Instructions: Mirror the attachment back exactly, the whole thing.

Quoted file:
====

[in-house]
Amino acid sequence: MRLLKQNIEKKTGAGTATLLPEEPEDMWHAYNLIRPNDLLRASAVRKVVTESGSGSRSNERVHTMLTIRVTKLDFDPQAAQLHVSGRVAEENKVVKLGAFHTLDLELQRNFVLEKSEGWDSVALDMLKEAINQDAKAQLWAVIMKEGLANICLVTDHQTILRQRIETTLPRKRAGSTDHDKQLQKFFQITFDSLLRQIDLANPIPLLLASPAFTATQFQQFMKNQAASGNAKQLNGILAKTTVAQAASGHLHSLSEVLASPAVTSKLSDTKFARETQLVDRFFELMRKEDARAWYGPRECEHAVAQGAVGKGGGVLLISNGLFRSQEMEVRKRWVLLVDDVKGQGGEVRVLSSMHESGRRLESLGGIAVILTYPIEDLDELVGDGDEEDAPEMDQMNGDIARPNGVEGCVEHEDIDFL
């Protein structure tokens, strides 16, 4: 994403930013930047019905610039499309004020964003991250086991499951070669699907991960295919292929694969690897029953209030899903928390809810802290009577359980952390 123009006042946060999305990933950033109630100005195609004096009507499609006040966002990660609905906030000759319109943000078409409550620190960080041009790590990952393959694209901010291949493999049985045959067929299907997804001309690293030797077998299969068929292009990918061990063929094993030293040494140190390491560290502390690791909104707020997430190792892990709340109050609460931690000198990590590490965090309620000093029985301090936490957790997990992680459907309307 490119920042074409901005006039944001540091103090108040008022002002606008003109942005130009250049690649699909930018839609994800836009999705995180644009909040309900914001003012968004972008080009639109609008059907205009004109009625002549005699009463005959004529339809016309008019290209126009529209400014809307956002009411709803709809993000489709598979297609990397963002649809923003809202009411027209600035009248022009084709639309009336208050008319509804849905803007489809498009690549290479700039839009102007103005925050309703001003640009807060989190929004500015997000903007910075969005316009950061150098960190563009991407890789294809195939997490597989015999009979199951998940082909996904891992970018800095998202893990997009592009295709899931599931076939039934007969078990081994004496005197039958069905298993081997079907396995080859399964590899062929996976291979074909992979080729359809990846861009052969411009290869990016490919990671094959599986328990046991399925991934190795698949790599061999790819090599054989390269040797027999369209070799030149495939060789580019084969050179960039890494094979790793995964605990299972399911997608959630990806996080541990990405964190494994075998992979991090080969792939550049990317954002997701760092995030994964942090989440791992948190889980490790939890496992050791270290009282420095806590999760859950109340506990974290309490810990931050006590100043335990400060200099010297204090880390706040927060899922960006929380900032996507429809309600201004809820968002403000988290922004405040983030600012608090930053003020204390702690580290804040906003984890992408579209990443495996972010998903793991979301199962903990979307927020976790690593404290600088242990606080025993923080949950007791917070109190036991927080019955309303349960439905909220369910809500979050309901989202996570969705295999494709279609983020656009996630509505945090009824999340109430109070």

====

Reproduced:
[in-house]
Amino acid sequence: MRLLKQNIEKKTGAGTATLLPEEPEDMWHAYNLIRPNDLLRASAVRKVVTESGSGSRSNERVHTMLTIRVTKLDFDPQAAQLHVSGRVAEENKVVKLGAFHTLDLELQRNFVLEKSEGWDSVALDMLKEAINQDAKAQLWAVIMKEGLANICLVTDHQTILRQRIETTLPRKRAGSTDHDKQLQKFFQITFDSLLRQIDLANPIPLLLASPAFTATQFQQFMKNQAASGNAKQLNGILAKTTVAQAASGHLHSLSEVLASPAVTSKLSDTKFARETQLVDRFFELMRKEDARAWYGPRECEHAVAQGAVGKGGGVLLISNGLFRSQEMEVRKRWVLLVDDVKGQGGEVRVLSSMHESGRRLESLGGIAVILTYPIEDLDELVGDGDEEDAPEMDQMNGDIARPNGVEGCVEHEDIDFL
């Protein structure tokens, strides 16, 4: 994403930013930047019905610039499309004020964003991250086991499951070669699907991960295919292929694969690897029953209030899903928390809810802290009577359980952390 123009006042946060999305990933950033109630100005195609004096009507499609006040966002990660609905906030000759319109943000078409409550620190960080041009790590990952393959694209901010291949493999049985045959067929299907997804001309690293030797077998299969068929292009990918061990063929094993030293040494140190390491560290502390690791909104707020997430190792892990709340109050609460931690000198990590590490965090309620000093029985301090936490957790997990992680459907309307 490119920042074409901005006039944001540091103090108040008022002002606008003109942005130009250049690649699909930018839609994800836009999705995180644009909040309900914001003012968004972008080009639109609008059907205009004109009625002549005699009463005959004529339809016309008019290209126009529209400014809307956002009411709803709809993000489709598979297609990397963002649809923003809202009411027209600035009248022009084709639309009336208050008319509804849905803007489809498009690549290479700039839009102007103005925050309703001003640009807060989190929004500015997000903007910075969005316009950061150098960190563009991407890789294809195939997490597989015999009979199951998940082909996904891992970018800095998202893990997009592009295709899931599931076939039934007969078990081994004496005197039958069905298993081997079907396995080859399964590899062929996976291979074909992979080729359809990846861009052969411009290869990016490919990671094959599986328990046991399925991934190795698949790599061999790819090599054989390269040797027999369209070799030149495939060789580019084969050179960039890494094979790793995964605990299972399911997608959630990806996080541990990405964190494994075998992979991090080969792939550049990317954002997701760092995030994964942090989440791992948190889980490790939890496992050791270290009282420095806590999760859950109340506990974290309490810990931050006590100043335990400060200099010297204090880390706040927060899922960006929380900032996507429809309600201004809820968002403000988290922004405040983030600012608090930053003020204390702690580290804040906003984890992408579209990443495996972010998903793991979301199962903990979307927020976790690593404290600088242990606080025993923080949950007791917070109190036991927080019955309303349960439905909220369910809500979050309901989202996570969705295999494709279609983020656009996630509505945090009824999340109430109070």